Help! My Puppy Won’t Stop Biting Me
Learn what to do when your puppy just won’t stop biting you, and why it’s happening in the first place. This guide will go over gentle and effective ways to help soothe your puppy’s urge to bite.
*This post contains affiliate links, however, all opinions are our own, as always.
There are a few different reasons your puppy might be biting you. The first step to ending this behavior is to understand why they’re doing it, so you can appropriately handle it.
The reason why they’re biting or nipping at you will determine how you train them.
You’ll also want to know what signs of aggression to look for, and also signs of anxiety or nervous chewing as opposed to teething chewing.
The more you know about your puppy, the better you will be able to train them!
You’ll find out all of this and more, below.
When Do Puppies Stop Biting?
Most puppies stop biting around the age of 7 months old.
Obviously, this can vary and is dependent upon the puppy’s demeanor, training, and when their adult teeth are all in.
Why Is My Puppy Biting Me?
Just like babies, puppies like to explore the world using their mouths. They bite for very similar reasons.
Sometimes they’re teething, other times they’re playing. At times it could simply be that your puppy is exploring the way something feels to chomp on.
If your puppy is around 9 weeks old, this is typically the time your pup is settling into their new home nicely, and feel comfortable enough to explore and play.
Puppies also often bite their owners if they’re missing out on vital play and communication with their litter, or with other dogs.
If your puppy is 3-4 months old and constantly biting, the most likely culprit is teething.
When To Worry About Puppy Biting
The following are signs of aggression and should be taken seriously. If your puppy is biting and exhibiting any of the following behaviors, you should contact a trainer.
- Lip curling
- Aggressive barking
- Dominant body language
My Puppy Won’t Stop Biting Me… Now What?
Here are our top tips for how to get your puppy to stop biting you.
Redirect Your Puppy’s Attention
Typical, we know. But as simple as this training tip is, it’s vital to your efforts to stop your puppy from biting you and others. You simply can’t let them continue gnawing at your hand without showing them that it’s not appropriate behavior.
Consistency is key here, and you have to remember that it doesn’t work every single time. Every time your puppy starts biting you, simply give them an appropriate chew toy instead.
Remember not to thump your puppy’s nose or use negative reinforcement to break their biting habit.
Tire Your Puppy Out
An often overlooked reason for your puppy constantly biting is a lack of exercise.
Some breeds need more walks than others, and tiring your pup out at the park is beneficial in more ways than one.
Try Puppy Teething Treat
There are lots of different puppy treats out there. Firstly, you’ll want to learn which treats are unhealthy or even dangerous for your puppy. Then, you’ll want to narrow it down to treats that are great for teething. Here are some of our favorite puppy teething treats:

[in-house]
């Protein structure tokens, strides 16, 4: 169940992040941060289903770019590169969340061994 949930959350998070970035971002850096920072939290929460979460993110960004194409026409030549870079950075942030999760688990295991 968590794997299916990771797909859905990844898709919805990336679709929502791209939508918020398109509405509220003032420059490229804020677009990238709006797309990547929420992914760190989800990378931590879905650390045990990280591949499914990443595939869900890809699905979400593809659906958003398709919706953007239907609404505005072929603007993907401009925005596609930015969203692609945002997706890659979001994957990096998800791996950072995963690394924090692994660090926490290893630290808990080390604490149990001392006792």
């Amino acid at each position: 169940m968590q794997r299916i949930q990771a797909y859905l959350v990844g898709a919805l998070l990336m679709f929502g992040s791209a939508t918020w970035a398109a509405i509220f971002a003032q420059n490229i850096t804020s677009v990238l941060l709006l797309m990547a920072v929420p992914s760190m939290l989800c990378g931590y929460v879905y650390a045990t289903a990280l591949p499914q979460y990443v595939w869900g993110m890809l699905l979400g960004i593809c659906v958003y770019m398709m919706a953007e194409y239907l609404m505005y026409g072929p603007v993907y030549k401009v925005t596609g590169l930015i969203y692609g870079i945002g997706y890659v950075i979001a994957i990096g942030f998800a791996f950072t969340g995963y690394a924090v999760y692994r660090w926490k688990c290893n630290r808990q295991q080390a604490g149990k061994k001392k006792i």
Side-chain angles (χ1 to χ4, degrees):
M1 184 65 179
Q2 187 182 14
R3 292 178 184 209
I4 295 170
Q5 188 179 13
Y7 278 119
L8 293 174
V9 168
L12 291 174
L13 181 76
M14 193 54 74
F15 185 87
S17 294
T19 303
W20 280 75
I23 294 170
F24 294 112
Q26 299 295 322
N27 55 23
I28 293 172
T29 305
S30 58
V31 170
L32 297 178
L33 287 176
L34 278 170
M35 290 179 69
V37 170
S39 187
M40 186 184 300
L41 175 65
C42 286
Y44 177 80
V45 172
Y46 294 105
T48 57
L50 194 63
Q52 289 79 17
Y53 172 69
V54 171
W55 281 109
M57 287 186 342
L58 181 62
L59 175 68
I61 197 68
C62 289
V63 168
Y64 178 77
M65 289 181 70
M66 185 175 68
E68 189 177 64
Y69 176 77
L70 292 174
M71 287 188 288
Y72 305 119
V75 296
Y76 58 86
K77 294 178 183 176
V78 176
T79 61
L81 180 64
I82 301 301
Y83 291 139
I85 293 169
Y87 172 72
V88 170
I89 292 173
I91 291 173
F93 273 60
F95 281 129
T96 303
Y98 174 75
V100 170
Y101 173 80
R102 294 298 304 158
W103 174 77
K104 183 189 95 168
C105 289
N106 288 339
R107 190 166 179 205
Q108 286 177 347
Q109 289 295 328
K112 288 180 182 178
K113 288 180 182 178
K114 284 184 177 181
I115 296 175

You can also make your own puppy popsicles that will relieve teething pain!
Provide Toys With Different Textures
Here are some of our favorite puppy teething toys on the market.
- chew toys with ropes
- nylabone bacon-flavored teethers for puppies
- starfish teether (doubles as a doggy toothbrush!)
- interlinked bone teethers
- nubbies dental chews
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Teach Bite Inhibition
Puppies, particularly those that don’t grow up with a sibling or parent, are sometimes lacking the social interaction they require to learn how to play.
They’re social animals that learn from each other. You can read our full guide on bite inhibition here, but essentially you teach your puppy how to control how hard to bite down, by mimicking what their parent or siblings would do.
When your puppy mouths at your hand, let out a high-pitched “ow!” when they bite too hard.
They will then likely stop and look at you. Repeat this process for 15 minutes at a time, or until you’ve had to “yelp” 3-5 times.
Any more than that, and you’re likely to lose your puppy’s focus.
Learn More About Teaching Bite Inhibition In This Video:
Try an Indoor Leash
This tip comes to us from McCann Dogs, who recommends having a leash on your puppy, even while inside (for training purposes).
The best leash to have on your puppy inside would be a short one like this.
You can snip off the loop at the end so they don’t get stuck on anything.
When you have a short leash on your puppy inside, it makes it easier to get a hold of your puppy when they do something naughty, instead of chasing them around the house.
This changes the dynamic of the relationship when you can quickly and easily handle the situation.
If you suspect your puppy might be on track to be a nervous chewer as opposed to just a teething puppy, you should begin training them a little differently.
Start by purchasing a dog crate and crate training them.
Also, don’t make the mistake of giving them an old sock or shoe to chew on. This inadvertently teaches them that chewing on your belongings is okay.
Learn how to stop your dog from chewing in our full guide.
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What struggles are you facing with your dog biting you or teething? Let us know in the comments!
FrugLife strives to provide accurate advice and helpful resources to pet owners. Your pet’s health is important to us, so please remember that the content on this site is not intended to be a substitute for professional medical advice, and is for entertainment purposes only. Always seek the advice of your veterinarian or other qualified animal healthcare provider with any questions you may have regarding your pet’s medical or behavioral condition.
*Post originally published August 2022, last updated February 2023.